By Simon Forge, Ptak Noel & Associates
1 Where are we now?
Natural climate change is part of our environment. Extreme variations have occurred during the past 60 million years, although for the last 10,000 years our climate has been relatively stable. But climate records since 1880 show rising temperatures, going up even more steeply since 1980.
The greenhouse gas situation, globally
In consequence, the 20th century was probably the warmest century in the last 1,000 years: there was about 0.6°C of average warming, with land warming more than sea. There has been more temperature change on the earth’s surface in the last 20 years than in the last 200, and in the last 200 years, more than in the last 2,000 so the 1990s were the warmest decade in the last 100 years.
Why is this? Generally the global consensus is that human-driven environmental change is accelerating, as emphasised below. The blue line of CO2 concentration in the graph below, driven by our industrial, transport and consumer emissions illustrates strong correlation with the red line of global temperature:
Until quite recently climate change was believed to be slow. New evidence from ice cores extracted in 2006, confirm an increasing rate of warming as well as a clear relationship between atmospheric carbon dioxide levels and global surface temperature as shown above. Altogether there are six greenhouse gases (or GHGs) – carbon dioxide (CO2), being the most significant by volume.
Since the industrial revolution we have been using the sky as a waste bin – so much so that the CO2 in the atmosphere is now at highest level in 400,000 years, and is a third higher than in pre-industrial times some 200 years ago. Each year the CO2 level rises another 0.5 to 1.0%. With a lifetime in the atmosphere of over 100 years CO2’s atmospheric level will continue to rise as long as global emissions from human activities continue1. As a result, our rainfall patterns are changing, sea levels rise as glaciers retreat and arctic sea-ice thins, while the incidence of extreme weather increases world-wide.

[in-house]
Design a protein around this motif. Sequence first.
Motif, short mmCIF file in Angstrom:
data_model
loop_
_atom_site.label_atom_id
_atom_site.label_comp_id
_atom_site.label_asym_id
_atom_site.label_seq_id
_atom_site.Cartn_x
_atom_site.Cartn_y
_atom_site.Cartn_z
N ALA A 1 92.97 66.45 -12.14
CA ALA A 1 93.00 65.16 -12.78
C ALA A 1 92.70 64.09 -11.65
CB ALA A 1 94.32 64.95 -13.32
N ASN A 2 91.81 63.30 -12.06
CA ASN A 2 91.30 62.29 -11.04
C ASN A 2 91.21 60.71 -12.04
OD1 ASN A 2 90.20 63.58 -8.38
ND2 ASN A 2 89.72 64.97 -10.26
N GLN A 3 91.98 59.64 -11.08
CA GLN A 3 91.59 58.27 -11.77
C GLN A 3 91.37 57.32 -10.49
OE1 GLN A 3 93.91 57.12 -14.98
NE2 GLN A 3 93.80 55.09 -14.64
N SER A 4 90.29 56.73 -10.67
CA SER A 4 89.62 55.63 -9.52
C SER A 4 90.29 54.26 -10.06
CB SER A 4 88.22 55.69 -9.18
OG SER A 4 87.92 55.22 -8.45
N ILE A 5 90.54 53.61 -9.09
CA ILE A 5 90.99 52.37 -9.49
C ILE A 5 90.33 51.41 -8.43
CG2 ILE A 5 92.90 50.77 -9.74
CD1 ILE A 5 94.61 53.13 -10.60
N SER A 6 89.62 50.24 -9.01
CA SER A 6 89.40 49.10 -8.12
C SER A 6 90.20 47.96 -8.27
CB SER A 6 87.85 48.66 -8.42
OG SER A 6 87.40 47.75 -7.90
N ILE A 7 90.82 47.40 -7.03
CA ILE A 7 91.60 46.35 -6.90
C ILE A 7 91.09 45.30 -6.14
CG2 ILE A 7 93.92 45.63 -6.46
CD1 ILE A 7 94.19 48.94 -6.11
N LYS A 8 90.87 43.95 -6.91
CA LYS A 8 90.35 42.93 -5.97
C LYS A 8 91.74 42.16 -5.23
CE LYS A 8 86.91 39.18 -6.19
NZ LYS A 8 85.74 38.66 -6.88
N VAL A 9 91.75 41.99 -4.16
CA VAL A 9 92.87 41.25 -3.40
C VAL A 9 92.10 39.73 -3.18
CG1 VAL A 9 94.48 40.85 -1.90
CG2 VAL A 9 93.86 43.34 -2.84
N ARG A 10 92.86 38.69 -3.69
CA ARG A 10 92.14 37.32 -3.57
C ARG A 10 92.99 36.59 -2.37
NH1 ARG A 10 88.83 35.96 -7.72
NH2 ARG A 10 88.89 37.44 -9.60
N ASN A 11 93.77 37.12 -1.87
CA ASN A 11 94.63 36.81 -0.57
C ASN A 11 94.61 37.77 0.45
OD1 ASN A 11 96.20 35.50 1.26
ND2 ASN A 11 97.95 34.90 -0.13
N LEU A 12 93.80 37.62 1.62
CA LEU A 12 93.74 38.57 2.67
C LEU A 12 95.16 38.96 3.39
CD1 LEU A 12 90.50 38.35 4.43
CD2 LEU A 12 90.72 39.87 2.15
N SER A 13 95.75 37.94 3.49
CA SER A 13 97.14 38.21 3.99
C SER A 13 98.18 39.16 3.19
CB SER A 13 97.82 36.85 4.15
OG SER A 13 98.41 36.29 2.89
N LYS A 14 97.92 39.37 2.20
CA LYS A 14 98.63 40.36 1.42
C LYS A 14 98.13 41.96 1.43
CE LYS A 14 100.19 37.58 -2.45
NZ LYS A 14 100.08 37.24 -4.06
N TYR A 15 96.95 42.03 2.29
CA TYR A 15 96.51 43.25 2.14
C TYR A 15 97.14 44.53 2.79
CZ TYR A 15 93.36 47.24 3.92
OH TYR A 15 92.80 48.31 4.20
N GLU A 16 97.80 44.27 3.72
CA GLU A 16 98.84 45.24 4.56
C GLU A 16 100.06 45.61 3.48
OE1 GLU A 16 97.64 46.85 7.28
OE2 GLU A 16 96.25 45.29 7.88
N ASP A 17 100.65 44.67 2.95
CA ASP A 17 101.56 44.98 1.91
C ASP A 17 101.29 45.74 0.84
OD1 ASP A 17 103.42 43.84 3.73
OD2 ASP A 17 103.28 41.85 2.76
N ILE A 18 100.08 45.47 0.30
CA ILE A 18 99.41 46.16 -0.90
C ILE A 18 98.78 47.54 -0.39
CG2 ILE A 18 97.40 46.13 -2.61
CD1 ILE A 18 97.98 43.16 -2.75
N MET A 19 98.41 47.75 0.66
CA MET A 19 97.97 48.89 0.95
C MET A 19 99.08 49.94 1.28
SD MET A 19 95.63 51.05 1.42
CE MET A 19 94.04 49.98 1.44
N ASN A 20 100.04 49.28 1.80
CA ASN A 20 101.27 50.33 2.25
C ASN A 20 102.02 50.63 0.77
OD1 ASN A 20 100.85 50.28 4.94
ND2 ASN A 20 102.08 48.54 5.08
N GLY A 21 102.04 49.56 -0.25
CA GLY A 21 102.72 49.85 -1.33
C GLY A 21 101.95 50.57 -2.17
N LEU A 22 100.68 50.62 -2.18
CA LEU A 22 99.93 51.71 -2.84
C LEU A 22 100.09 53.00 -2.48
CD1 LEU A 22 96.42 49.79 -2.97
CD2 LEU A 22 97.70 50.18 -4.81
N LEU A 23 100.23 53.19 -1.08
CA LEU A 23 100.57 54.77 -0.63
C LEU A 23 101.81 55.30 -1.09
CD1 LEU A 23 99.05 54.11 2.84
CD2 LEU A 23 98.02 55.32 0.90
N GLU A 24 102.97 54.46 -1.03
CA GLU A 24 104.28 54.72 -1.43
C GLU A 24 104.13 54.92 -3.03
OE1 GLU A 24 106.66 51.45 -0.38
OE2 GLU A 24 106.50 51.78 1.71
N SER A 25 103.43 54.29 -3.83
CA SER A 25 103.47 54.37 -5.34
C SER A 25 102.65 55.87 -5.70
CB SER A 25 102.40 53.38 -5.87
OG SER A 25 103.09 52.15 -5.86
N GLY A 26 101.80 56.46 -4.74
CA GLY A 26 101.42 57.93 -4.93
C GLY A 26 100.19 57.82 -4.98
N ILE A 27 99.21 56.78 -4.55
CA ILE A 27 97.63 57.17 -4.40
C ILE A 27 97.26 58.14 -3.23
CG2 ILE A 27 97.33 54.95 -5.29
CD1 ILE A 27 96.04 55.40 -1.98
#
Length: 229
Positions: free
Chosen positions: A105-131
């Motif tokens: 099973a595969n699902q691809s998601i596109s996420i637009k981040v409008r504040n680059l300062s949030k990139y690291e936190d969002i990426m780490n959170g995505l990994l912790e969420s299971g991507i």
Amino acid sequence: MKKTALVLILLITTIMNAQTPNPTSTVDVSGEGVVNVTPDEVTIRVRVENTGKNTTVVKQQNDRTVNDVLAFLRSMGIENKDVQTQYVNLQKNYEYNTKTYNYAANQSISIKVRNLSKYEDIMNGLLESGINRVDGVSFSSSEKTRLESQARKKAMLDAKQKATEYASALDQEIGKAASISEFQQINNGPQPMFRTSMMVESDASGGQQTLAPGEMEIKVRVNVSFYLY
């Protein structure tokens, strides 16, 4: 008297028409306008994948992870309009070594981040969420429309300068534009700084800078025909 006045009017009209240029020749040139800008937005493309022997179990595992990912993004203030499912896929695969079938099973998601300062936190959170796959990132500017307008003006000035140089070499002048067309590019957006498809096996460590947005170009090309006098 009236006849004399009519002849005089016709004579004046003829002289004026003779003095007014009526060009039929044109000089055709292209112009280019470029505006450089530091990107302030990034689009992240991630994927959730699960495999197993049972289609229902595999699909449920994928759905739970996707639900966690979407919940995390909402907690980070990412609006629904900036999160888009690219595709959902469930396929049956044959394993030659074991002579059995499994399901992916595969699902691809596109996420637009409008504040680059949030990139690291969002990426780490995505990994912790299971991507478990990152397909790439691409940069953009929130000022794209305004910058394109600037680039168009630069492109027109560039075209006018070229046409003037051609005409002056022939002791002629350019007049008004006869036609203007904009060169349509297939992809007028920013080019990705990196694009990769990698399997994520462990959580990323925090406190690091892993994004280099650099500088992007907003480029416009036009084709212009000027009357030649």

What happens if we do nothing?
Today the penalties of doing nothing are estimated as being far higher than the calculations of around 1-3 % of global GDP of five years ago. Future global effects are expected to be much more varied than a simple and uniform warming over the entire planet, as heating also alters the cycle of rain/cloud formation/evaporation, linked to atmospheric currents and sea currents. Consequently, many regions will become considerably hotter or cooler, or wetter or drier, than others. As the global climate warms, it will affect the location and duration of droughts and the extent of landmass. Economic impacts are now estimated to be very significant – the UK government’s October 2006 Stern report2 expects a range of economic impacts costing between 5% and 20% of global output over the next two centuries.
2 How does IT, and specifically the data centre figure in this?
Coming down to the level of the corporate data centre, just how much of a factor is the energy it consumes contributing to the greenhouse effect? Limiting emissions of greenhouse gases from across the corporation is now becoming a board level issue. Moreover as the IT component in emissions overall is so high (data centres take 4 to 5% of energy generated in the larger Western European economies for instance3) will the data centre, and IT generally, come under government regulation in the future4 just as aircraft travel has done?
The Data centre – a major greenhouse gas generator
Let’s look at one large European company as an example which operates across Europe and globally. In it has major data centres across the EU typically each data centre having a total power consumption for its the servers of some 7MW5. Yes Mega Watts. And heat accounts for 91% of the power consumed. Hence the servers only use 9% of the power fed to them purely for processing functions6, the rest is heat generated by the processing activity. And this company has two data centres of this size and three more of around a third of that size in one Member State alone, in all consuming some 20MW – a small power station. It also operates large data centres across Europe in three Member States and smaller data centres in some twenty other countries worldwide, including ten EU countries.